petition filed by a number of environmental organizations calls on the General Services Administration to halt the acquisition of single-use plastics across the entire federal government. According to these groups, plastic packaging harms the environment, and with the U.S government being the largest consumer of goods and services in the world (spending more than $650 billion on products and services each year), it should uphold a standard of abandoning plastic.

However, contrary to the idealism of the campaigners, banning the federal government from using single-use plastic goods would not benefit the environment. In fact, life-cycle assessments on items such as single-use plastic bags have shown that there is a discrepancy between actual re-use rates of alternative bags and the re-use rate to break even on environmental grounds. Paper bags need to be re-used four times, LDPE bags five times, non-woven PP bags 14 times and cotton bags 173 times. Their actual re-use rates are about half that, making them less sustainable than single-use plastic bags, which may also be used by consumers as bin liners. A 2020 study by University of Michigan Professor Shelie Miller displayed how alternatives to single-use plastic items are dependent on high re-use rates. Those rates are often not achieved.

The same effects appear when we compare glass bottles to plastic bottles. As glass bottles are much heavier, their carbon footprint for transport is also higher. Whoever substitutes a plastic straw with a bamboo straw should also probably be aware of their significant carbon footprint.

Further than that, the federal government doesn’t only purchase plastic straws or plastic-bottled water. In fact, a ban on plastic would impact a plethora of products the government acquires for vital services, ranging from national parks and wildlife to construction and shipping logistics. If the GSA were to consider a ban, the least it should do is conduct an impact assessment on the effect it would have on sustaining those services. However, as a general measure, a ban is no strategy for transition: It prevents government departments from using plastic where necessary and does not guarantee a path forward for substitution. For instance, the GSA is transitioning to electrify its fleet of vehicles, yet without banning gasoline-powered vehicles.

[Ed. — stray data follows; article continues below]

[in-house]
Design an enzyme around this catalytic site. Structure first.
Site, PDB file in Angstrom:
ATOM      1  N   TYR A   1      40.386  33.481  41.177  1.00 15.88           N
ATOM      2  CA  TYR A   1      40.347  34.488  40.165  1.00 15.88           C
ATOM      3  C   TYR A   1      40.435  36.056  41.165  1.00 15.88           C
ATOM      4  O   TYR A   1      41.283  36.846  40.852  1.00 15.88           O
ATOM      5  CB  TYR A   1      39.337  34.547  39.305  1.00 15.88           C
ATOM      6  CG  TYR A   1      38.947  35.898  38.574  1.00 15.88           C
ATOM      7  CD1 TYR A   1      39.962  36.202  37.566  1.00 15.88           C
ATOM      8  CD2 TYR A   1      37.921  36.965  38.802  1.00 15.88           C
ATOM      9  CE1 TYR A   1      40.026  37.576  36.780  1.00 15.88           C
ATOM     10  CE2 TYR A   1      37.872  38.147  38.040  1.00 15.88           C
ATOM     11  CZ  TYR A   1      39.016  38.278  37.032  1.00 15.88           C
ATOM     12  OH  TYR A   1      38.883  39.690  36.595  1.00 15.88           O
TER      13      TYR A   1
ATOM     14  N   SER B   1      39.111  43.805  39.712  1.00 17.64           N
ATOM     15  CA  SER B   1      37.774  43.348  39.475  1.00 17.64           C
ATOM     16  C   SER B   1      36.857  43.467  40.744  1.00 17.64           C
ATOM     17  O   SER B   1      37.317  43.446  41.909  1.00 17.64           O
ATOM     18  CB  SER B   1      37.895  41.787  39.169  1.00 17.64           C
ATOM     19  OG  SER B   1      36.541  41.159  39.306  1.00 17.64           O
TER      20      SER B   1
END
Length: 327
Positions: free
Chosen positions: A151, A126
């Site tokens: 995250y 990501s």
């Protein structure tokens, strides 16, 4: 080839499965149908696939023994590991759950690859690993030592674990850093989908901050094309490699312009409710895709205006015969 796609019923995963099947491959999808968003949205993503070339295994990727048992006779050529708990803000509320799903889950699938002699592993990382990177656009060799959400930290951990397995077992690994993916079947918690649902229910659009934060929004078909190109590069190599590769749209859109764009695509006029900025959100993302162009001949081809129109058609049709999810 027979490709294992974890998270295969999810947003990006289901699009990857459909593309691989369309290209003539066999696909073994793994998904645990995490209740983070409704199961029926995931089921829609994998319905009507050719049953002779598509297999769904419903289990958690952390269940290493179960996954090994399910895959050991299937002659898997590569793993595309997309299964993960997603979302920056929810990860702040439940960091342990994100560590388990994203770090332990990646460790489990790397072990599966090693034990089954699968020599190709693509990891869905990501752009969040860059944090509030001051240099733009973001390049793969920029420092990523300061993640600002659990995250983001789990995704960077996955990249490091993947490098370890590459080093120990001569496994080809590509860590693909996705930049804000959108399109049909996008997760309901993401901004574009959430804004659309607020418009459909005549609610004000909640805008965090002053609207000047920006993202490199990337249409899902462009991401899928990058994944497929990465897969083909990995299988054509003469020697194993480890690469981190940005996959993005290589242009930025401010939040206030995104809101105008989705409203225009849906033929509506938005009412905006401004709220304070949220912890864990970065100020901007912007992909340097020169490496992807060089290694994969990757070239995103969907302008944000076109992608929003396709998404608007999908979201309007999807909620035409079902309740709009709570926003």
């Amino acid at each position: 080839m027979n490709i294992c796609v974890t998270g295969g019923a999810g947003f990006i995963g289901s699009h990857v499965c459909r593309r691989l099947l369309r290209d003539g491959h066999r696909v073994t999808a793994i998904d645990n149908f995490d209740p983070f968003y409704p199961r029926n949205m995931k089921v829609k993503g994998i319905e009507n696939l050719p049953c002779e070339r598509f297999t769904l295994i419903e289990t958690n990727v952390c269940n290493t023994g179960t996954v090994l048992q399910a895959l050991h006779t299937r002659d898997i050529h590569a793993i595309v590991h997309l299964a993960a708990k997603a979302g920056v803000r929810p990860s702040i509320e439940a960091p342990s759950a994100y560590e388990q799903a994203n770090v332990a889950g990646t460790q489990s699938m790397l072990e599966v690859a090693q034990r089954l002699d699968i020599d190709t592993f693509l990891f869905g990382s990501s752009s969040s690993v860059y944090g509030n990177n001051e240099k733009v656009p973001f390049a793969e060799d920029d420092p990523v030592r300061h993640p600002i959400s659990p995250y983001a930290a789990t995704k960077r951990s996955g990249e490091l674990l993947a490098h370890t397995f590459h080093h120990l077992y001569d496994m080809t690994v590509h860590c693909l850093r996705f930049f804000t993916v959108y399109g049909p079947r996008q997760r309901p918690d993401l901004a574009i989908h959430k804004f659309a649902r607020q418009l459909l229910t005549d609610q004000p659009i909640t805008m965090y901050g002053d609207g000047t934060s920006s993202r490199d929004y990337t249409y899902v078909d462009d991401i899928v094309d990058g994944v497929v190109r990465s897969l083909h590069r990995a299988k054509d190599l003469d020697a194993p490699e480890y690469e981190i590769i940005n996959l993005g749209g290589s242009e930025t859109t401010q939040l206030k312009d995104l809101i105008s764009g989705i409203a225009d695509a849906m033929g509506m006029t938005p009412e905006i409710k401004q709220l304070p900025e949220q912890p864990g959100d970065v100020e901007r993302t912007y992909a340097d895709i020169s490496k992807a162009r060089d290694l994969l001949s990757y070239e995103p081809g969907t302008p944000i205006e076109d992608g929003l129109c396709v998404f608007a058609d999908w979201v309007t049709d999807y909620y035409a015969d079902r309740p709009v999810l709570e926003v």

A lot of the animosity toward plastic is derived from the idea that all single-use plastics are just used once and then burned in a pit or thrown in the ocean. This outdated perception drives a lot of the imagery we see used by campaigners.

In fact, the concept of “single-use” becomes redundant after we consider how far we’ve come with recycling. Over 90 percent of Americans living in cities with a population of over 125,000 people, already have access to recycling of single-use plastic bags. According to the Environmental Protection Agency (EPA), the U.S recycling rate for what’s known as PET plastics (polyethylene terephthalate) increased from 2 percent in the 1980s to more than 24 percent in 2018. Over time, an increasing amount of plastics will end up being endlessly recycled.

A ban on single-use plastics through the General Services Administration would undermine the immense progress that has been made in the field of plastics over the past decades. The divestment from plastic would prevent manufacturers from developing new products and increase prices for everyday consumer goods. Most of all, it would be counterproductive to the goals that the environmental activists claim they support. In fact, it’s another one of those examples where supporters of single-use plastic can say to environmentalists: I’m on your side, but you’re not.

Originally published here



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